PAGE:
* Note: Values may include numbers from multi-county efforts.
Value* Impact Description
38Number of teachers using 4-H STEM (Science, Technology, Engineering, Math) curriculum in their classrooms
1394Number of youth (students) gaining knowledge in STEM (Science, Technology, Engineering, Math)
10Number of youth (students) gaining career / employability skills
2Number of adults gaining career / employability skills
2Number of youth (students) gaining entrepreneurship skills
* Note: Values may include numbers from multi-county efforts.

North Carolinians will make decisions and adopt practices that implement effective resource protection and conservation.

Value* Outcome Description
12Number of participants increasing their knowledge about best management practices
14Number of youth and adults demonstrating increased knowledge of natural resources and environmental issues
* Note: Values may include numbers from multi-county efforts.
Value* Impact Description
1Number of participants that adopted recommended climate mitigation practices such as water-use efficiency, livestock production feeding practices, carbon sequestration, reducing carbon or energy footprint.
54Number of acres under recommended climate mitigation practices such as water-use efficiency, livestock production feeding practices, carbon sequestration, reducing carbon or energy footprint.
* Note: Values may include numbers from multi-county efforts.

Consumers and communities will enhance the value of plants, animals, and landscapes while conserving valuable natural resources and protecting the environment.

Value* Outcome Description
82Number of participants improving knowledge, attitude, skills and aspirations regarding gardening and landscape practices including plant selection and placement, turfgrass management, soil management, growing food, water conservation and water quality preservation, storm water and erosion management, green waste management, pest and wildlife management
* Note: Values may include numbers from multi-county efforts.
Value* Impact Description
45Number of participants selecting appropriate landscape plants (adapted, drought tolerant, appropriate size, etc.)
12Number of participants adopting composting
* Note: Values may include numbers from multi-county efforts.

Youth and adult program participants will make healthy food choices, achieve the recommended amount of physical activity and reduce risk factors for chronic diseases.

Value* Impact Description
46Number of adults increasing their fruit and vegetables consumption
79Number of youth increasing their fruit and vegetable consumption
112Number of participants increasing their physical activity
33Number of participants reducing their BMI
39Number of adults who reduce their blood pressure
20Number of adults who improve their blood glucose (A1c.)level
33Number of adults who reduce their total cholesterol
39Number of participants who consume less sodium in their diet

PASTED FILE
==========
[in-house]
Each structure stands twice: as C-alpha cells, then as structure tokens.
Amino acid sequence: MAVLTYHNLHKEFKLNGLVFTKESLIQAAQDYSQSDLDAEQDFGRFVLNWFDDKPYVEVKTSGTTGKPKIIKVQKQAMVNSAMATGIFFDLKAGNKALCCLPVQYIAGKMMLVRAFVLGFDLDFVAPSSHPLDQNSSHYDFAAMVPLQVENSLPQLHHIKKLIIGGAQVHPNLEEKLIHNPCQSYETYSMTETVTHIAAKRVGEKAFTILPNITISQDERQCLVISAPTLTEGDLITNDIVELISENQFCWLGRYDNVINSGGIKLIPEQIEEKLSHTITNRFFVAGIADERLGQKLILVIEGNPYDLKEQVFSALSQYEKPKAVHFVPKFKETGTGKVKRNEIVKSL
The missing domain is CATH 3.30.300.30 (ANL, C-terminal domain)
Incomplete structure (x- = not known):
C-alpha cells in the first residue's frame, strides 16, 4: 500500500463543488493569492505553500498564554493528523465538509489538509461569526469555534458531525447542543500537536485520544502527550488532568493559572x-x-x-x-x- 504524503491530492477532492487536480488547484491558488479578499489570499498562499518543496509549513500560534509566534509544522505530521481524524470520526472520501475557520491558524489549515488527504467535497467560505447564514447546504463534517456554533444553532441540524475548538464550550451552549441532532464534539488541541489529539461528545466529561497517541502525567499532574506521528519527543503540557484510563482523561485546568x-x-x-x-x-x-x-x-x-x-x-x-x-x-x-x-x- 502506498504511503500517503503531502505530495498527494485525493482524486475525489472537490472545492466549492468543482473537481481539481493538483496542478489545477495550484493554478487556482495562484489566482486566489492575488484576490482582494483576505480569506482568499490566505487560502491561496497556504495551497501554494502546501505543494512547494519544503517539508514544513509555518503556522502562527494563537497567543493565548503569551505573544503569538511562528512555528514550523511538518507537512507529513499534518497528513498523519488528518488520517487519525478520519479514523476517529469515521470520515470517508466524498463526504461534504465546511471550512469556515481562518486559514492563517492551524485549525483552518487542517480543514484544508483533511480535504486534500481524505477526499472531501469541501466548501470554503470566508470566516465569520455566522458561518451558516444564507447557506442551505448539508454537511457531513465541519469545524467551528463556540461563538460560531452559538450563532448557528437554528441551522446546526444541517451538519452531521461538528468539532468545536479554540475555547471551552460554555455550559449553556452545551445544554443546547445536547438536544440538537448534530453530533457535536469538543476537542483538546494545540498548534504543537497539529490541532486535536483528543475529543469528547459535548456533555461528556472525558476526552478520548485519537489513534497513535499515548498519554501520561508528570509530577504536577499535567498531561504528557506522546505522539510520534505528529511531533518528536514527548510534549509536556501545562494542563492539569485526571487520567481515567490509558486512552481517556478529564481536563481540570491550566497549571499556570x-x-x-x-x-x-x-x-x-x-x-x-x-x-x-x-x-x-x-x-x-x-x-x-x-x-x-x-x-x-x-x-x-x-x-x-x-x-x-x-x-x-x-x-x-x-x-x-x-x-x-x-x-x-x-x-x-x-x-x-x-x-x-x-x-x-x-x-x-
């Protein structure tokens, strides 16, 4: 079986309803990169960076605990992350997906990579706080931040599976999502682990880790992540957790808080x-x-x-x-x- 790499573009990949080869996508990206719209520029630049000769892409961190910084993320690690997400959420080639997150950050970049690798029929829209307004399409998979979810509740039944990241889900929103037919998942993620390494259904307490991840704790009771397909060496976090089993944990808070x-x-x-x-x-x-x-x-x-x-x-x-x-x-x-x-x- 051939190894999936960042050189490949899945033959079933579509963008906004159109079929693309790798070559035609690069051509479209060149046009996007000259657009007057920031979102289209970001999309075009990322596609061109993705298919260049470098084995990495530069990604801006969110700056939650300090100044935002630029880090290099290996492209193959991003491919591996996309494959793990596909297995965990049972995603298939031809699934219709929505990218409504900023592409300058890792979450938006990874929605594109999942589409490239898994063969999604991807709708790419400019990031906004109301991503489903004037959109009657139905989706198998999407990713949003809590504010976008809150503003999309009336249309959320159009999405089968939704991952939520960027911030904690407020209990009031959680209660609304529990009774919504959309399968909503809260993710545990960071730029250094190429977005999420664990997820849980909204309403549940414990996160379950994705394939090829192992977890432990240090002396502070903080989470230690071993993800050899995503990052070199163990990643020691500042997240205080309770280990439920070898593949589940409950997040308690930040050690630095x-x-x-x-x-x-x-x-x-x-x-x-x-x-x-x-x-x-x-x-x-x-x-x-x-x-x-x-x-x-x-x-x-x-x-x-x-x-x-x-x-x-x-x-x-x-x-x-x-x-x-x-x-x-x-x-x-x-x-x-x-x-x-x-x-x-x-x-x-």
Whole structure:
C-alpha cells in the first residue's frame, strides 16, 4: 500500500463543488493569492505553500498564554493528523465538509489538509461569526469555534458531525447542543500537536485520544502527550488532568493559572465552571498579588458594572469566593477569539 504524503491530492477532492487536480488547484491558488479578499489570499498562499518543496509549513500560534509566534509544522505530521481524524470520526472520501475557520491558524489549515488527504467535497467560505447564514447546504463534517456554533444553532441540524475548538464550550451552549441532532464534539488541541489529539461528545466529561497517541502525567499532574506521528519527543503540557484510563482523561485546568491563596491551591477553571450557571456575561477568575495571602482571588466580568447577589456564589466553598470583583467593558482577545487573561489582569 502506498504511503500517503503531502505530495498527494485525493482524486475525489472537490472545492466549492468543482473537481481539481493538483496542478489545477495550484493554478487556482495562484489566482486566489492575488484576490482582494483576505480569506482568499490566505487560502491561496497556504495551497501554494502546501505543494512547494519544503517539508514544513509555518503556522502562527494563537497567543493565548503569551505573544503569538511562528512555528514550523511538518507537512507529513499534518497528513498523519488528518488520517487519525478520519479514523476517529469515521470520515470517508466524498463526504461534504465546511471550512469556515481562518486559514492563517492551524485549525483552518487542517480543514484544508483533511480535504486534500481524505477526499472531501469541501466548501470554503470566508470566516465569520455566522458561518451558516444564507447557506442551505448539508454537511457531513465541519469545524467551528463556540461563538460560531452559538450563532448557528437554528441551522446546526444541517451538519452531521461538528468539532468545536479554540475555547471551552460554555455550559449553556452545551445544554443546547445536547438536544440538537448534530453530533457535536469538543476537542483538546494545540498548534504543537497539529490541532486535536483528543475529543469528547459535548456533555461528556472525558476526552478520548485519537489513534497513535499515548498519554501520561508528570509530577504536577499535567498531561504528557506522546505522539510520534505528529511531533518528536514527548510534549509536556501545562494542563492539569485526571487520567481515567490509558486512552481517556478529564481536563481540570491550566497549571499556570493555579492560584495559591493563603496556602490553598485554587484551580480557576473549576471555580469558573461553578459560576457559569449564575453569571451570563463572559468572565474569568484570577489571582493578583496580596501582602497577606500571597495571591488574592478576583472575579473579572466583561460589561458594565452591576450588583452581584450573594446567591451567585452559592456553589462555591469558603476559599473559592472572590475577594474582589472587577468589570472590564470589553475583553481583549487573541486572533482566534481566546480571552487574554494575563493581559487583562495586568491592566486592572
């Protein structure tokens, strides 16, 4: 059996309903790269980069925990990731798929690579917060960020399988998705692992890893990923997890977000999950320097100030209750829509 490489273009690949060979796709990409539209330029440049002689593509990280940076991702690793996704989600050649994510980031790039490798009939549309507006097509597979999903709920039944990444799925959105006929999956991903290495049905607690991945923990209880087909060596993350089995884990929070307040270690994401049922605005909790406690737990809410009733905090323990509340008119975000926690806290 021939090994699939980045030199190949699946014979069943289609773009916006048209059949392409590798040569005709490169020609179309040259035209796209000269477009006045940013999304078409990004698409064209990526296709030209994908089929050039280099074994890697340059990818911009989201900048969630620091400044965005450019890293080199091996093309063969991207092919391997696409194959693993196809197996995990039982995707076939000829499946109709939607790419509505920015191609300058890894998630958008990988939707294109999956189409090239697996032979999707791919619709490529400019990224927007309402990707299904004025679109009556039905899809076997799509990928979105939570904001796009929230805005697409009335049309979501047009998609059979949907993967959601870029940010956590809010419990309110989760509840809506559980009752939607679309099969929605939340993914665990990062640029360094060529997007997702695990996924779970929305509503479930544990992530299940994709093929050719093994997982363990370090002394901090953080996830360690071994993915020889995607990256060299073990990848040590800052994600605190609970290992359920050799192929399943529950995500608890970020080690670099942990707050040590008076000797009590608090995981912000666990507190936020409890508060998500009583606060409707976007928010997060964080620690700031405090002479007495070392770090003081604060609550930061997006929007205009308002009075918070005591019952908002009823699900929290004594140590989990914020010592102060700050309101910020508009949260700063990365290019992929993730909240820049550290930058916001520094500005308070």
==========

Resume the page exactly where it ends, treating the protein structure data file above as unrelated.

* Note: Values may include numbers from multi-county efforts.

IV. Number of Contacts Made by Extension

Type of ContactNumber
Face-to-face* 13,867
Non face-to-face** 16,445
Total by Extension staff in 2017 30,312
* Face-to-face contacts include contacts that Extension personnel make directly with individuals through one-on-one visits, meetings, and other activities where staff members work directly with individuals.
** Non face-to-face contacts include contacts that Extension personnel make indirectly with individuals by telephone, email, newsletters, news articles, radio, television, and other means.

V. Designated Grants Received by Extension

Type of GrantAmount
Contracts/Grants $0.00
Gifts/Donations $30,390.10
In-Kind Grants/Donations $200.00
United Way/Foundations $6,970.00
User Fees $0.00
Total $37,560.10

VI. Volunteer Involvement in Extension Programs

Number of Volunteers* Number of Volunteer Hours Known client contacts by volunteers Dollar Value at 24.69
4-H: 378 2,896 1,082 $ 71,502.00
Advisory Leadership System: 36 23 50 $ 568.00
Extension Community Association: 0 0 0 $ 0.00
Extension Master Gardener: 22 1,788 212 $ 44,146.00
Other: 56 123 265 $ 3,037.00
Total: 492 4830 1609 $ 119,253.00
* The number of volunteers reflects the overall number of volunteers for multiple events.

VII. Membership of Advisory Leadership System

Advisory Leadership Council
Marissa Brzenski, Chair
Lynn Yokley, Secretary
Don Brown
Larry Campbell
Mark Hancock
Eddie Leagans
Mark Robertson
Roy Swisher
Gail Waldman
Henry Walker
Sarah Wood
Elizabeth Bourne, Youth Representative
Beth Dixon, MG Representative
Mary Nell Richie, ECA Representative
Richard Poindexter, Davie County Commissioner
4-H Livestock Committee
Tommy Shore, President
Bud Martin, Vice-President
Judy Wilson, Treasurer
Jennie Rucker, Secrectary
Allen Brown
Kathryn Brown
Teresa Cummings
Eunice Gonzalez
Rodolfo Gonzalez
Doug Hefner
Jennifer Hefner
Ricky Karriker
Cindy Karriker
Lori Martin
Ruth Matthews
Carl Matthews
Lisa Pilcher
Reggie Pilcher
Leah Thomas, Youth Representative
Paul Ratledge
Josh Sell
Cathy Shore
Glen Staebner
Leanne Thomas
Mark Thomas
Maurice Walker
Sandra Walker
Ashley Wilbanks